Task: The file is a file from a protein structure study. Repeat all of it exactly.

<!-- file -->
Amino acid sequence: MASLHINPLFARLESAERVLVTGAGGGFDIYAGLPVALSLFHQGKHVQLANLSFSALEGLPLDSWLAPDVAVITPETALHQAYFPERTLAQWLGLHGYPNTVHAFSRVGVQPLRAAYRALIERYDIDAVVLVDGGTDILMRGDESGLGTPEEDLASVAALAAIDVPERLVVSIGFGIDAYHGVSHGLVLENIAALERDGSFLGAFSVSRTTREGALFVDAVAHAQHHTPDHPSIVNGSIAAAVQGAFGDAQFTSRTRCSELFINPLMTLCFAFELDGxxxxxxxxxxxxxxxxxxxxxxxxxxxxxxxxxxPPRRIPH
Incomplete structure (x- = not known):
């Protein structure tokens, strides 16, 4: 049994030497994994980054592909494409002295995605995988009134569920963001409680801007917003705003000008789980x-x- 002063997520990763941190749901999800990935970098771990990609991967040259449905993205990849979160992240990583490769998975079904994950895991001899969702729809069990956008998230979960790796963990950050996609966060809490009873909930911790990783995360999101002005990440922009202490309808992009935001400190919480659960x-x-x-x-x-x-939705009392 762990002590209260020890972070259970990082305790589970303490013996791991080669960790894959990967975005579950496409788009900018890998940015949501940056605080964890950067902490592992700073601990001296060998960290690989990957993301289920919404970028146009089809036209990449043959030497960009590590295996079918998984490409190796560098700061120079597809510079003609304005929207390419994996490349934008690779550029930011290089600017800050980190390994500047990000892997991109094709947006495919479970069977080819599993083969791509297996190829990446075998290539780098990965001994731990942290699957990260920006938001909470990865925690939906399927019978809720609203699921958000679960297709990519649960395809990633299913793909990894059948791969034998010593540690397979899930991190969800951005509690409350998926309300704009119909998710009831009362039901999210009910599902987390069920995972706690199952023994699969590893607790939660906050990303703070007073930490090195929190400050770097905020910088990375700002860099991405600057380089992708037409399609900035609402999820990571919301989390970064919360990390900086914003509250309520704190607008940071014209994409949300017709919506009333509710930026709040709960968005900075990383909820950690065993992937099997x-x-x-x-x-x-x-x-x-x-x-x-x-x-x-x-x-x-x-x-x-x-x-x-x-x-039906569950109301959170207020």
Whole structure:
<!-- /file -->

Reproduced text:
Amino acid sequence: MASLHINPLFARLESAERVLVTGAGGGFDIYAGLPVALSLFHQGKHVQLANLSFSALEGLPLDSWLAPDVAVITPETALHQAYFPERTLAQWLGLHGYPNTVHAFSRVGVQPLRAAYRALIERYDIDAVVLVDGGTDILMRGDESGLGTPEEDLASVAALAAIDVPERLVVSIGFGIDAYHGVSHGLVLENIAALERDGSFLGAFSVSRTTREGALFVDAVAHAQHHTPDHPSIVNGSIAAAVQGAFGDAQFTSRTRCSELFINPLMTLCFAFELDGxxxxxxxxxxxxxxxxxxxxxxxxxxxxxxxxxxPPRRIPH
Incomplete structure (x- = not known):
């Protein structure tokens, strides 16, 4: 049994030497994994980054592909494409002295995605995988009134569920963001409680801007917003705003000008789980x-x- 002063997520990763941190749901999800990935970098771990990609991967040259449905993205990849979160992240990583490769998975079904994950895991001899969702729809069990956008998230979960790796963990950050996609966060809490009873909930911790990783995360999101002005990440922009202490309808992009935001400190919480659960x-x-x-x-x-x-939705009392 762990002590209260020890972070259970990082305790589970303490013996791991080669960790894959990967975005579950496409788009900018890998940015949501940056605080964890950067902490592992700073601990001296060998960290690989990957993301289920919404970028146009089809036209990449043959030497960009590590295996079918998984490409190796560098700061120079597809510079003609304005929207390419994996490349934008690779550029930011290089600017800050980190390994500047990000892997991109094709947006495919479970069977080819599993083969791509297996190829990446075998290539780098990965001994731990942290699957990260920006938001909470990865925690939906399927019978809720609203699921958000679960297709990519649960395809990633299913793909990894059948791969034998010593540690397979899930991190969800951005509690409350998926309300704009119909998710009831009362039901999210009910599902987390069920995972706690199952023994699969590893607790939660906050990303703070007073930490090195929190400050770097905020910088990375700002860099991405600057380089992708037409399609900035609402999820990571919301989390970064919360990390900086914003509250309520704190607008940071014209994409949300017709919506009333509710930026709040709960968005900075990383909820950690065993992937099997x-x-x-x-x-x-x-x-x-x-x-x-x-x-x-x-x-x-x-x-x-x-x-x-x-x-039906569950109301959170207020």
Whole structure: